Australian Minimalism Is the New Scandi Chic—Here’s Why
Look at your Instagram feed and you might realize it’s been monopolized by a new sense of minimalism that looks fairly different from the Scandinavian styles you’re used to—think fewer possessions (“stuff,” if you will), brighter colors and funky silhouettes. In a sense, it’s a lot more fun—and it’s all inspired by Australian design.
“It’s minimal in nature due to our youth as a country,” elaborates Claire Driscoll, creative director of Australian interior design firm Studio CD. “Australian minimalism in home design is a pared-back room and home, nothing too fussy—a tidy space with a refined selection of finishes, materials, furniture and decor that work together rather than stand out. We work a lot with natural finishes and textures that complement our natural surrounds, and in turn, we create spaces that flow from the outside in.”
It’s understandable that minimalism can be intimidating. After all, traditionally, the style has been defined as bare walls, stark colors and a sense of sparseness that lives by the principle “less is more.” The Scandinavian-inspired looks that people have been gravitating toward the past few years have also relied on this philosophy, with a heavy emphasis on fresh white tones and soft oaks, Driscoll says.
Australian decor tends to lean on a wider range of hues. “A minimalist space can be colorful through the play of tone on tone, or bright and rich colors,” she adds. For Driscoll, as long as the space doesn’t include several prints on top of one another or too much “stuff,” it can classify as Australian minimalism. This means you can really let your personality shine through, which, according to Driscoll, is the most important part: “I believe that a home should reflect the owners or family, so understanding who you are and how you like to live is imperative,” she says.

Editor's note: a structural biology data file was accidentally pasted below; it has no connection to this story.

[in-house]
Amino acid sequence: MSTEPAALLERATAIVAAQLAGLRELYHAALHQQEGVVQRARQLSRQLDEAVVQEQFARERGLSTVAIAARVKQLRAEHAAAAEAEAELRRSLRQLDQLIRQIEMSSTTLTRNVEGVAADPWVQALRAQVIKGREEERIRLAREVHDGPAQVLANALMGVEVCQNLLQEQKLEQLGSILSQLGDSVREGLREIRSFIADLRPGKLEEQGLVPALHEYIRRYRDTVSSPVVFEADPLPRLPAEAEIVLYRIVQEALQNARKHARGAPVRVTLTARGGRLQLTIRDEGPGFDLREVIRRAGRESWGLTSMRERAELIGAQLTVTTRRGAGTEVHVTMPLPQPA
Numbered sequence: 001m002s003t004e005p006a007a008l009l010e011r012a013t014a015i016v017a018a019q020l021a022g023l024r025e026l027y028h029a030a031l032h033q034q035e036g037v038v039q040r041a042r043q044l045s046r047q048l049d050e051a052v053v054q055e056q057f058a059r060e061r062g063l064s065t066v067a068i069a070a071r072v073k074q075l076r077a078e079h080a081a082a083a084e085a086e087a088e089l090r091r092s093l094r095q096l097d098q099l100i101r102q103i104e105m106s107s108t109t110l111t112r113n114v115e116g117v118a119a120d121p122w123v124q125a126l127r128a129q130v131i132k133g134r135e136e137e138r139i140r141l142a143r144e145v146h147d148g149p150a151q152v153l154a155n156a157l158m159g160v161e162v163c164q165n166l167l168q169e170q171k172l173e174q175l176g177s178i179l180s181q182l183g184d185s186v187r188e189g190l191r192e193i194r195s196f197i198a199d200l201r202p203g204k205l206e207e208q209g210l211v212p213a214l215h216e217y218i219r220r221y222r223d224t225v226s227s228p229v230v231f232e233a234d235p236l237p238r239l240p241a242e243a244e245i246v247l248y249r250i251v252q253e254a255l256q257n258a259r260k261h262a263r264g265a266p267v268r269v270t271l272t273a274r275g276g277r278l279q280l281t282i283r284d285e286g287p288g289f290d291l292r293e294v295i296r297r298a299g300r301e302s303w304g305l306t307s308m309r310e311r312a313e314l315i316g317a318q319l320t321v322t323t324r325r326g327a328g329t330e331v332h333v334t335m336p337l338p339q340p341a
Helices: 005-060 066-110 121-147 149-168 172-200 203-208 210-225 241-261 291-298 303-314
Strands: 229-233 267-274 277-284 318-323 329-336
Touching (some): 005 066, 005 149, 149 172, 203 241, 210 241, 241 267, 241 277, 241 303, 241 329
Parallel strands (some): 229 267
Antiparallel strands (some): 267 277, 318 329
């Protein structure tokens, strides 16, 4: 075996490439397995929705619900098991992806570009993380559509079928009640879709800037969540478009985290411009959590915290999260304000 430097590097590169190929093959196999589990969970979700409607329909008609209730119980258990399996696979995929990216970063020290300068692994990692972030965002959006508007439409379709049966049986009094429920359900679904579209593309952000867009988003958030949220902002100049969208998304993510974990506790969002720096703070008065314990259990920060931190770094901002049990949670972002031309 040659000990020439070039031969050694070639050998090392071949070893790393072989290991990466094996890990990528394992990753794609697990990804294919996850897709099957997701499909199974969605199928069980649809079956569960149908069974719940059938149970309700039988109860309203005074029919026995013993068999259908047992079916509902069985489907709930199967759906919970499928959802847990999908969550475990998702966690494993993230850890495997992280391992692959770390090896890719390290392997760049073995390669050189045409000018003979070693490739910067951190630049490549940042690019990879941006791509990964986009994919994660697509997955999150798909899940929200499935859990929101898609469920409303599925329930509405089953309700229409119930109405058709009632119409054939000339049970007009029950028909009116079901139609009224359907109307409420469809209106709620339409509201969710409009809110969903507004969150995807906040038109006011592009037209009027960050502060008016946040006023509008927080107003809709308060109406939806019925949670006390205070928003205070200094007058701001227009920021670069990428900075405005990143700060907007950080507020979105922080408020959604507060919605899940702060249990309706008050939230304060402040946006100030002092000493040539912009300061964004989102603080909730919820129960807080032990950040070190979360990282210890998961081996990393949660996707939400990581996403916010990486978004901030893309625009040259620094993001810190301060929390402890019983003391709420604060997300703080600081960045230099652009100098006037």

There’s also a stronger reliance on nature-inspired pieces and finishes to make a room feel warmer and more inviting. An ultra-modern sofa, for example, seems more relaxed when paired with a woven pendant light. The texture softens the sleekness.
If you want to incorporate the trend in your own home, it’s easier than you think—even if your style is more eclectic and less contemporary. “Honestly, the key is to declutter,” elaborates Driscoll. “Showcase a few signature decorative pieces on shelves and tables, link color tones together, integrate contemporary furniture throughout and make sure you have plenty of storage to keep any mess at bay.”
Cohesiveness is key, and this will help you bring in a ton of texture and color without overwhelming the space. If you still need some help, though, don’t stress: Below, check out some of our favorite Australian minimalist brands that will help you bring the style home.
Each stylish plant accessory has been designed in Melbourne, working with minimalist silhouettes adorned with funky materials like terrazzo and cork.
Think of Trit House as your one-stop shop for everything Australian-inspired, from elaborate multi-piece sectionals to simple wood stools. This is global design at your fingertips.
Kip & Co. is funky, yes, but it still works with the minimalism trend when you consider the fact that you can combine several bolder tones to create a cohesive palette that won’t overwhelm your space.
Natural materials combine with trendy hues to embody the crux of what Australian minimalism is all about.
Just because your space is minimalist doesn’t mean you can’t get a sunny rug to give it a pop of color—and Australian carpeting company Armadillo & Co. offers both solid and printed options that will really lighten up the room.